My wife and I may not be Jewish, but that doesn't stop us from celebrating Valentine's Day as a Jewish holiday. We skip all the restaurant horror stories that make their way around the Internet after the 14th, and we have our V-Day "seder" after sundown on the 13th.
Not all restaurants are guilty of these sins, and precious few are guilty of all of these sins, but do yourself a favor: If you find a restaurant that doesn't fall into any of these categories, keep it to yourself, lest the insane crowds find, neutralize and kill your secret Valentine's romantic hangout.
1. Premade food
Look, it's no secret that most of the food in any restaurant is made beforehand, during prep time. Very few things are actually prepared à la minute because it would take forever. That said, there's a difference between last-minute assembly and having huge sheets of food languishing in the walk-in after being made on the 11th or 12th--or earlier. It won't taste as fresh because it won't be as fresh.
2. Premade menus
The only way a restaurant can cope with the massive influx of people who are determined to make this night perfect is by limiting the offerings. Even with a choice of two starters, two mains and two desserts, the kitchen will find itself dans la merde, which means the food will be picked not principally for its gustatory qualities, but for its ease of preparation in the kitchen. Even if those two goals are not mutually exclusive, it means everyone in the room has to settle--and woe betide you if you've got allergies, aversions or are vegetarian and forgot to let the restaurant know weeks in advance, then again on the confirmation call, then again upon being greeted by the captain.
3. Invasion of the noobs
There are more "new" restaurant diners on Valentine's Day than on any other night of the year, or so it seems. Questions, menu translations and a steadfast refusal to alter expectations of the evening to match the obvious reality unfolding. The waitstaff, as professional as they may be, will start to fray at the edges sooner into service than one would think, and who could blame them? The most inane, cluelss and just plain rude words come out of people's mouths, and the staff have to just stand there and take it. "This was supposed to come with green beans! This is broccoli! Take it back!" "Don't you have any white 'mur-lott'?" Of course, to cap it all off, they've all arrived straight from the year 1837, when 8 percent was plenty for a tip and those ingrates in white aprons were glad to have it!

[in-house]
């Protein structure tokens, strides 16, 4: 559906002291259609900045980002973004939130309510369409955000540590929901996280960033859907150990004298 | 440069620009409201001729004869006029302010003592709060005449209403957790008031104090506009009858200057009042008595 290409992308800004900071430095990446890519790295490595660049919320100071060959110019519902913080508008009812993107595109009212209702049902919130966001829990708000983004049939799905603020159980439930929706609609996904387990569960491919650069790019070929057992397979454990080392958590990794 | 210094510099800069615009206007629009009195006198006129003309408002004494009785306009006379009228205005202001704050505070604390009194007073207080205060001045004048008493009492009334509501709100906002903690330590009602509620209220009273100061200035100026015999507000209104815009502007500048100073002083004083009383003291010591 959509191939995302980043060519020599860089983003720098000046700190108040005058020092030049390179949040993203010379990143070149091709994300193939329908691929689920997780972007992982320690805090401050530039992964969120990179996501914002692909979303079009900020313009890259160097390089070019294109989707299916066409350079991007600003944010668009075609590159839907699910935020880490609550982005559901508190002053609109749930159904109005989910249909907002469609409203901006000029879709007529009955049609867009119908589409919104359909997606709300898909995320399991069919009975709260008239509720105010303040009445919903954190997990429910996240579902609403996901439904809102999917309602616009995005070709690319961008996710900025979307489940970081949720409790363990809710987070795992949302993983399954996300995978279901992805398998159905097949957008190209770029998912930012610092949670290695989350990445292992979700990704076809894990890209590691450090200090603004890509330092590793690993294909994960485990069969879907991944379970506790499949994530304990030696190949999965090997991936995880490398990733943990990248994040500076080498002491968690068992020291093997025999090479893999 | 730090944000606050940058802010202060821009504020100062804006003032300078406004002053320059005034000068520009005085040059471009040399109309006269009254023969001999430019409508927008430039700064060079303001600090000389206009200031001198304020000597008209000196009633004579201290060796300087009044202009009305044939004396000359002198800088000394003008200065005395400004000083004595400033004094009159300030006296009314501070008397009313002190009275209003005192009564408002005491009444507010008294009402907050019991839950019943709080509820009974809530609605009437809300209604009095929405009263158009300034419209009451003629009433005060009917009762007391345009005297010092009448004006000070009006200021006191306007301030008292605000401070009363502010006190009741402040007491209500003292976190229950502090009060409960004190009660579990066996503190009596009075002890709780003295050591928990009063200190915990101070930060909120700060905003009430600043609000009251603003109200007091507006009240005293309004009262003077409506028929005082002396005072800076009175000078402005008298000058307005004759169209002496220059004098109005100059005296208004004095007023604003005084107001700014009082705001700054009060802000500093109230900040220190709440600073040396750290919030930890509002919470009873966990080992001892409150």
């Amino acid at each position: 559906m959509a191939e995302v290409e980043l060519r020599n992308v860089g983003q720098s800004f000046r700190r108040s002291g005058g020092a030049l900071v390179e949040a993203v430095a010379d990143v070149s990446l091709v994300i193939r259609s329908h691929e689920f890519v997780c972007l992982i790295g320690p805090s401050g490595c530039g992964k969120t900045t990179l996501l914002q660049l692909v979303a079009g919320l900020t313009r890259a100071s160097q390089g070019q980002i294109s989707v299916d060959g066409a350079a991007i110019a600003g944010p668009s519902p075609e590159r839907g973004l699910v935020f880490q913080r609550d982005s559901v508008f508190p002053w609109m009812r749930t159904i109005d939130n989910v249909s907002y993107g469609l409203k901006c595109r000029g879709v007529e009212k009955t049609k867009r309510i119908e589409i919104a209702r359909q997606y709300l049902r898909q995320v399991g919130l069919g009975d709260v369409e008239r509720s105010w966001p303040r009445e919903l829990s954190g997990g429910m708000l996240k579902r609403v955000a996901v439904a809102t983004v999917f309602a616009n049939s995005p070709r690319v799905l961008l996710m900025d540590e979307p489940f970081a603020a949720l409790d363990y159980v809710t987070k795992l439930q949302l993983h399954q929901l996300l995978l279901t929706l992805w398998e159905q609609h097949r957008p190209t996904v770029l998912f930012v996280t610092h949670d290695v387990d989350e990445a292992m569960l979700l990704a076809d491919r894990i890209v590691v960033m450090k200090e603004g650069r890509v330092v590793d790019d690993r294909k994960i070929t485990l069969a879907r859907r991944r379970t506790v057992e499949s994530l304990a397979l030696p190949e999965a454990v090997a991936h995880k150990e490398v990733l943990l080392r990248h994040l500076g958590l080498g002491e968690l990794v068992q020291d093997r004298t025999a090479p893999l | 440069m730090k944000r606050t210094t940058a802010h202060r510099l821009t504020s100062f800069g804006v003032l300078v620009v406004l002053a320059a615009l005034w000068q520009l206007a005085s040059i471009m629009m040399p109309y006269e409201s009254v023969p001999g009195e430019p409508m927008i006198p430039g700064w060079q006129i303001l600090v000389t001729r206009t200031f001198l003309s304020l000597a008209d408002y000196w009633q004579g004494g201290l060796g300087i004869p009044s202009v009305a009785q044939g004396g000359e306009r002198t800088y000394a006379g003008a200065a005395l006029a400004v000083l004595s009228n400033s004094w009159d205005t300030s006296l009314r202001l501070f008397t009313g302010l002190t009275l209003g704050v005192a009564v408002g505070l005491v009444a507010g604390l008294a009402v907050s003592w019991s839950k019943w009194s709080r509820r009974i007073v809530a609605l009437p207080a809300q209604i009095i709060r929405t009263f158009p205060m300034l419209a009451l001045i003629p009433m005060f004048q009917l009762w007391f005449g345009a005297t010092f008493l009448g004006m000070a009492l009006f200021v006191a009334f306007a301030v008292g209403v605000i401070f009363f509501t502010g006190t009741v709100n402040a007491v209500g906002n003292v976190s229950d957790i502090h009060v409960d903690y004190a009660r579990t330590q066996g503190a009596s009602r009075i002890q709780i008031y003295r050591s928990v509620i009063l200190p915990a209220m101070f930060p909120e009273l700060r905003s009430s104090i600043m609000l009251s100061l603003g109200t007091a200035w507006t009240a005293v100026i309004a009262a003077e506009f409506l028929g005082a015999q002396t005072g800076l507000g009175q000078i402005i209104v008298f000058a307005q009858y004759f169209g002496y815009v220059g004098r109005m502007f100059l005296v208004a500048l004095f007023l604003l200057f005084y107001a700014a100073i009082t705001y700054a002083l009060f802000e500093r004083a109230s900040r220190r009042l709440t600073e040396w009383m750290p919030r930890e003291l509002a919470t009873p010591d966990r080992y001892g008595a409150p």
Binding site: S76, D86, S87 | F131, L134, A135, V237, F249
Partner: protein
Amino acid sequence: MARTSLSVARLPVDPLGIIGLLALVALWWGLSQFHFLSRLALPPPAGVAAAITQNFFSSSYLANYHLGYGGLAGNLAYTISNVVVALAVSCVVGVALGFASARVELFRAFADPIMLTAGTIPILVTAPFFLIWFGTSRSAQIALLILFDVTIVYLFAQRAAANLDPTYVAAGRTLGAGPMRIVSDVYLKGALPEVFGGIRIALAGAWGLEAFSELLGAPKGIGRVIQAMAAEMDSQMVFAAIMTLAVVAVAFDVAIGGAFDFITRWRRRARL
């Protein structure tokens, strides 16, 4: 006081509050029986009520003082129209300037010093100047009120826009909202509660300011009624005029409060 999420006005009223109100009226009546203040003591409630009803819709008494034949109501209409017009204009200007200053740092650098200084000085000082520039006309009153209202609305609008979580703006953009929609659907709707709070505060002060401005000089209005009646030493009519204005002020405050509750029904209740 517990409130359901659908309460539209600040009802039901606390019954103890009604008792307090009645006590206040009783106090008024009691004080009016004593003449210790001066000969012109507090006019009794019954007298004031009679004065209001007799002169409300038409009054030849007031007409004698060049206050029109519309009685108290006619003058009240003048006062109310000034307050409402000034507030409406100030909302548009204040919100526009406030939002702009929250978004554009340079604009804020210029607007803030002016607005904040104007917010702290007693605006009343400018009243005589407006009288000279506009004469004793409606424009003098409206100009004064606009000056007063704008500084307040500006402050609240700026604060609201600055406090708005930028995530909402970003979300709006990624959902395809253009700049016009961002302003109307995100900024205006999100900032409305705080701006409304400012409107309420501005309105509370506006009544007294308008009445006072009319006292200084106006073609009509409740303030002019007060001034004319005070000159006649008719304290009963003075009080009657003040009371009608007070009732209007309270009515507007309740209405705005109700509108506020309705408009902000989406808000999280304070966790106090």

4. You didn't need that seat anyway, right?
A long, relaxing, romantic dinner à deux is just what the love doctor ordered, right? Too bad. The restaurant needs to turn tables over two or even three times on Valentine's Day in order to cope with the influx of people and make the most of the crowds. Pacing? Right out the window. We have had staff watch for the last forkful of the starter to enter the mouth before swooping in to replace the plate with our mains, which had been sitting in the pass-through under heat lamps. Forget about lingering over coffee and a digestif, too--get in, get fed, get out. You can talk later.
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5. A little touch of exploitation
It's not enough that the kitchen has to knock the menu down to the culinary equivalent of monosyllables, most of which are just being reheated and sauced. It's not sufficient punishment to have to watch the panicked rumblings of people unfamiliar with this newfangled social-dining phenomenon and be rushed out the door for the privilege. No, diners are expected to pay a premium--anywhere from 33 percent to 500 percent or more--for the privilege of eating it on this one day. It's the night of the laughably bad-value prix-fixe menu. Three courses for $75; four courses and Champagne (Château Sept-Onze, of course) for $200. Bad value, bad experience, bad everything. How many times must you be burned before you cook some romantic finger foods at home?